Bush, Obama, and Presidential War Powers

1 Apr

Glenn Greenwald of Salon.com wrote an excellent article about the expanding war powers of the President. I highly recommend this piece to anyone that is interested in the interplay of federalism, the national executive, and the political process. For my Tea Party compatriots that have a tendency to see Constitutional issues in black and white, I think this will give you a better idea of how complicated things really are.  

Just a quick summation of points:

  • Greenwald begins by discussing President W. Bush’s disregard for FISA (Nixon-inspired federal law that makes certain kinds of domestic eavesdropping a felony). In essence, the Bush’s DOJ team made the argument that Article II’s necessary and proper clause allows the President to ignore Congressional power at his discretion i.e. Statutes apply unless the President, upon his unchecked discretion, deems that it doesn’t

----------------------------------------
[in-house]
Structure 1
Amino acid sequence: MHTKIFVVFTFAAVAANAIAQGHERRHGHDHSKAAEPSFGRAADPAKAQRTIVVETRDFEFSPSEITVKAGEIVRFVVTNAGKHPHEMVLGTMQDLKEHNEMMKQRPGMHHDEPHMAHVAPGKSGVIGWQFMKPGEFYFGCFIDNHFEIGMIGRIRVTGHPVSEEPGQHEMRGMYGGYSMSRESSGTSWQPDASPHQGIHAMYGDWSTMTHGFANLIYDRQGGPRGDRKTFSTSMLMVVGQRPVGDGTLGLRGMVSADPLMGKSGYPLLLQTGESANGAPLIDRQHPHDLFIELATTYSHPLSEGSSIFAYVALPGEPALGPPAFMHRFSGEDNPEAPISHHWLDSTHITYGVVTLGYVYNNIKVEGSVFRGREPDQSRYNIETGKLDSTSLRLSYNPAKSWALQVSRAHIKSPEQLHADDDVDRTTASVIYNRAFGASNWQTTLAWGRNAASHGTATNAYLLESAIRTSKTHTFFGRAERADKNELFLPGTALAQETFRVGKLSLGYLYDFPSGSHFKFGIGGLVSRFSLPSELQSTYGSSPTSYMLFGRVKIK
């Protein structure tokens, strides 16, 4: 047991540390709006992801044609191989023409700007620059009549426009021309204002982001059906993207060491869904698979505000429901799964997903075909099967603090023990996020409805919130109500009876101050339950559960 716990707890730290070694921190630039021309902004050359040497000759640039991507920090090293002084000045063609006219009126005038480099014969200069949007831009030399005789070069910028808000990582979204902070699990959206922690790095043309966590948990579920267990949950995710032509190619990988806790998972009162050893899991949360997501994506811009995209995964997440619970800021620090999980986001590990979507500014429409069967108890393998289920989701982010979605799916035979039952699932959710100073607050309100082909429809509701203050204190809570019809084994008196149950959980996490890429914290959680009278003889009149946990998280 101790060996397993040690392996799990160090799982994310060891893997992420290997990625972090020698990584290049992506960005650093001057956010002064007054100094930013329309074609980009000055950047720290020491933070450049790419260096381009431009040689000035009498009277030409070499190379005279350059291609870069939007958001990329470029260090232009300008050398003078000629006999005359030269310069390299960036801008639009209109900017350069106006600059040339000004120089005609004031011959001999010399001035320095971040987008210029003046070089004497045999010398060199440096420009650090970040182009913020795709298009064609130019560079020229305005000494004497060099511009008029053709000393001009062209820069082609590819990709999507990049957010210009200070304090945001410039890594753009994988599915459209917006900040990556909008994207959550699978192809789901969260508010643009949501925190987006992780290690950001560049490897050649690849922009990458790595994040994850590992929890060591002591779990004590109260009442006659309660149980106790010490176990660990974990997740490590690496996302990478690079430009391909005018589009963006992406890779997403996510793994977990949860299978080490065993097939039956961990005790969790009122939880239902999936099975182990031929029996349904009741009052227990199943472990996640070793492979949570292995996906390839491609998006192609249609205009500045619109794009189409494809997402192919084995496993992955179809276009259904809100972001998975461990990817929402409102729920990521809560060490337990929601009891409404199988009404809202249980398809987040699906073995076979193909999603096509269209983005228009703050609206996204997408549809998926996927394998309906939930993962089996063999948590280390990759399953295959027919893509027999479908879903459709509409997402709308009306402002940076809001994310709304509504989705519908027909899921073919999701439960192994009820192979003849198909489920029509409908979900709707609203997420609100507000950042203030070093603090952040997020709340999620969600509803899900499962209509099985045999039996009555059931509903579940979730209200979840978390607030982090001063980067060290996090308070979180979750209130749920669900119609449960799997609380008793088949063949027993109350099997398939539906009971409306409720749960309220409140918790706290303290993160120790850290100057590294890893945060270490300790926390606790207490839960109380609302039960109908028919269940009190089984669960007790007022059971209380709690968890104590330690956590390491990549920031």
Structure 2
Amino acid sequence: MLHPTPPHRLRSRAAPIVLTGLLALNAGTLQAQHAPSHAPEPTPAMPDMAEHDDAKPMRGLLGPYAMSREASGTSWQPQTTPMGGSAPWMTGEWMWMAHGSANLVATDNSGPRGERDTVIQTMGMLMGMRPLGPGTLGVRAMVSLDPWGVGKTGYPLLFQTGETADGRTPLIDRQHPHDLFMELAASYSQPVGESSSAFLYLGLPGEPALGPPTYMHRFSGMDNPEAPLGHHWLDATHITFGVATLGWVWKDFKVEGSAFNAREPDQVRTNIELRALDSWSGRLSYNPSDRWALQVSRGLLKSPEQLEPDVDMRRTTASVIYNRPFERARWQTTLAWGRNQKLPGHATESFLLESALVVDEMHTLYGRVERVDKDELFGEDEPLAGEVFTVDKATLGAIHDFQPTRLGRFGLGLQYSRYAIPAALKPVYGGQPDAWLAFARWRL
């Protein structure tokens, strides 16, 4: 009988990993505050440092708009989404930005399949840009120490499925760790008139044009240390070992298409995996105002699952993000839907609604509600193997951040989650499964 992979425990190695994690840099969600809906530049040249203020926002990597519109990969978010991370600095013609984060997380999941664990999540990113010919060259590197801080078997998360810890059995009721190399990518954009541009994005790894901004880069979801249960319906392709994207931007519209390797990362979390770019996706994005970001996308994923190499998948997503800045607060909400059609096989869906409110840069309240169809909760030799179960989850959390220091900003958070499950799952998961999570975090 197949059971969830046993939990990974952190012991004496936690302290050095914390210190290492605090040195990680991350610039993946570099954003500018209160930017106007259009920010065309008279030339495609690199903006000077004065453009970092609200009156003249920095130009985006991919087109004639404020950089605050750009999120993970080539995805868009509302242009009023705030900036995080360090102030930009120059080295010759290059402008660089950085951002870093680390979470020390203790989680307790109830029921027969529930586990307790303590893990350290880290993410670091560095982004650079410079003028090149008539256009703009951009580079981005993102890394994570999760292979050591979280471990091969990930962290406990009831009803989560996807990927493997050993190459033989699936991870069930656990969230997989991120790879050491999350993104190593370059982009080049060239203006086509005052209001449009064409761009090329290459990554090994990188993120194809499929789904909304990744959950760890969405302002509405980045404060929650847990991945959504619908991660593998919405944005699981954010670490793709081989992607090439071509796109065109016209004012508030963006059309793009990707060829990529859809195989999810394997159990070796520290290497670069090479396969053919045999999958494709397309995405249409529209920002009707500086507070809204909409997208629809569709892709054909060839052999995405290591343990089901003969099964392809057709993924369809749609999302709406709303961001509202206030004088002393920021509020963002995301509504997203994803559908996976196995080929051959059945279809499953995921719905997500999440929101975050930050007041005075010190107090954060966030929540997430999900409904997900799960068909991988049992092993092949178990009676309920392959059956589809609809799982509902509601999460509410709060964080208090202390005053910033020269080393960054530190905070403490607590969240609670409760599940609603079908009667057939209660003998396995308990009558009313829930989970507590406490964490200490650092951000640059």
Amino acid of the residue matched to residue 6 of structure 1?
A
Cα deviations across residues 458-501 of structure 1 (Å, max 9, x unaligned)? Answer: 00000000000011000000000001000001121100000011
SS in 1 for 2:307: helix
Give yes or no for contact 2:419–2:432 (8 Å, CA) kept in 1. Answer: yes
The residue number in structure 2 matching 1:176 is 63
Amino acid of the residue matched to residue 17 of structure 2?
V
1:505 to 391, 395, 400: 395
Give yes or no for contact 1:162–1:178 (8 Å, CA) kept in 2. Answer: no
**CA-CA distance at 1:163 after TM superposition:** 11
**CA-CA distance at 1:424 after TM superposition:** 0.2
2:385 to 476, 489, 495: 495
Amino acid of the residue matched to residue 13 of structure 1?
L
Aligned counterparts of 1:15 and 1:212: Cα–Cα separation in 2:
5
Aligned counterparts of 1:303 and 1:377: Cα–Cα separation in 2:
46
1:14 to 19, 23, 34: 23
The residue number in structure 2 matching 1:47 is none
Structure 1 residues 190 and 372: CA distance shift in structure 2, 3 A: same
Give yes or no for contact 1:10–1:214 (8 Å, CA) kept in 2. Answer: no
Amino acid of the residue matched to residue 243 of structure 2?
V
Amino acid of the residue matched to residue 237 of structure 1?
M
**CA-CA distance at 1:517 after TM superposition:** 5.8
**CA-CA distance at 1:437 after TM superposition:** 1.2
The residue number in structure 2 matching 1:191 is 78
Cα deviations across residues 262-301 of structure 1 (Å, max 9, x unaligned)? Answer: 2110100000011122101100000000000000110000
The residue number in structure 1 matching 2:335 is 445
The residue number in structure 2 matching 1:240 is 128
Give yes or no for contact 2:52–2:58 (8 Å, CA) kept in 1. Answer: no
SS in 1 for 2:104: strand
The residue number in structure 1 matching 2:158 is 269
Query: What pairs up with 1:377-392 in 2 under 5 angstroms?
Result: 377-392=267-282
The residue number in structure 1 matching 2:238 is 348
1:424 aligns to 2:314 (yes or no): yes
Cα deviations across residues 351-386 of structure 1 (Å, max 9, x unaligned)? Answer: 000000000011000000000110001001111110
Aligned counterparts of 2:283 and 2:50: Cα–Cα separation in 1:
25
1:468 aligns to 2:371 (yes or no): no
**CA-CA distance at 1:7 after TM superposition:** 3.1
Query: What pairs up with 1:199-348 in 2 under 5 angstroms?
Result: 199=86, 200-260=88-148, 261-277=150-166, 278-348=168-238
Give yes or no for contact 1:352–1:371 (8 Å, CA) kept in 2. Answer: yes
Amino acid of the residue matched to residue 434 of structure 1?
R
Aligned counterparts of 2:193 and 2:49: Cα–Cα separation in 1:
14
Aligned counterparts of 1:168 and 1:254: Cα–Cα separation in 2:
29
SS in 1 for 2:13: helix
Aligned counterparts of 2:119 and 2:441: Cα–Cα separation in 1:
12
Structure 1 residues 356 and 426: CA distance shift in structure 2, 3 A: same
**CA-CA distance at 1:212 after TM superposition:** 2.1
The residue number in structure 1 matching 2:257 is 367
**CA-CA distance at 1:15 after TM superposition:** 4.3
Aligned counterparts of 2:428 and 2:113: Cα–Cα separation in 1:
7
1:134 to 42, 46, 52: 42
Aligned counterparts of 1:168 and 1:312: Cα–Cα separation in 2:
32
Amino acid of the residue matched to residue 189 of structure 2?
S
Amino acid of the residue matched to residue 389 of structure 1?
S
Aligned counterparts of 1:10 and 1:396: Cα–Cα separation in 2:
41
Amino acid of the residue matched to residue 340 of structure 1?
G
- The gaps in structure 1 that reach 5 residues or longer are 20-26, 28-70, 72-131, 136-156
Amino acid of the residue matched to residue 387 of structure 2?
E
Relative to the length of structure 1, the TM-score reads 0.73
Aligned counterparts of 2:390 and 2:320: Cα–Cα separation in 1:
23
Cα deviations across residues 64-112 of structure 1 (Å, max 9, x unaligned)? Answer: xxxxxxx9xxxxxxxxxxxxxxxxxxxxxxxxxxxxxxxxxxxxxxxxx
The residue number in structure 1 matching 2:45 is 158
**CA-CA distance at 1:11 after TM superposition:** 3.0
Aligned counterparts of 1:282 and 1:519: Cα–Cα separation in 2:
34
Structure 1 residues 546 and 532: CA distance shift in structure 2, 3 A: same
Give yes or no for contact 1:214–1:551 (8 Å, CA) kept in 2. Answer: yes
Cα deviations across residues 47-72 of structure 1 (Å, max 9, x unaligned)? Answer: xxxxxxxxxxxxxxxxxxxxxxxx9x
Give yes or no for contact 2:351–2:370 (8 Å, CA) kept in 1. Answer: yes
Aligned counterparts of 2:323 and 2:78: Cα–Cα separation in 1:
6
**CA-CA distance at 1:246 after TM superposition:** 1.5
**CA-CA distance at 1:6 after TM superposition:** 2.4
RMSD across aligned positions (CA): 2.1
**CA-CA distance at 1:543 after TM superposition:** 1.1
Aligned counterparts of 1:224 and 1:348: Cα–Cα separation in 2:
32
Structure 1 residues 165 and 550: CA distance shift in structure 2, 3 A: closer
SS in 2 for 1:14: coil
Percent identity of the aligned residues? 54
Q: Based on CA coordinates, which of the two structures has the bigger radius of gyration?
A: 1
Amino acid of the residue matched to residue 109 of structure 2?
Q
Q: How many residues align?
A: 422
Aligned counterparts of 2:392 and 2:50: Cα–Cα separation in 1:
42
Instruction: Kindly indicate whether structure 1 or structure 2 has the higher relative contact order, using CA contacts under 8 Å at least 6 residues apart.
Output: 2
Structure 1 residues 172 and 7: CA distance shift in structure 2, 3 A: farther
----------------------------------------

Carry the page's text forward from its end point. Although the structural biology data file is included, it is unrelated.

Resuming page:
• In wake of US military action in Libya, Secretary of State Hillary Clinton reiterated the same message to the House of Representatives
  • Greenwald discusses a 1987 report by then Congressman Cheney’s justifying President Reagan’s involvement in Iran Contra. In particular, he gives us an excerpt of the report… “it was unconstitutional for Congress to pass laws intruding” on the “commander in chief”… Needless to say, Cheney does a good job an exception job of making people dislike him with everything he does
  • How Senator Obama and Senator Clinton were adamantly opposed to President Bush’s exercise of power
  • The unlikely pairing of Justice Scalia and Justice Stevens in the dissent of Hamdi v. Rumsfeld
  • How President Obama is doing what all Presidents before him have done: preserve and expand the power of the President

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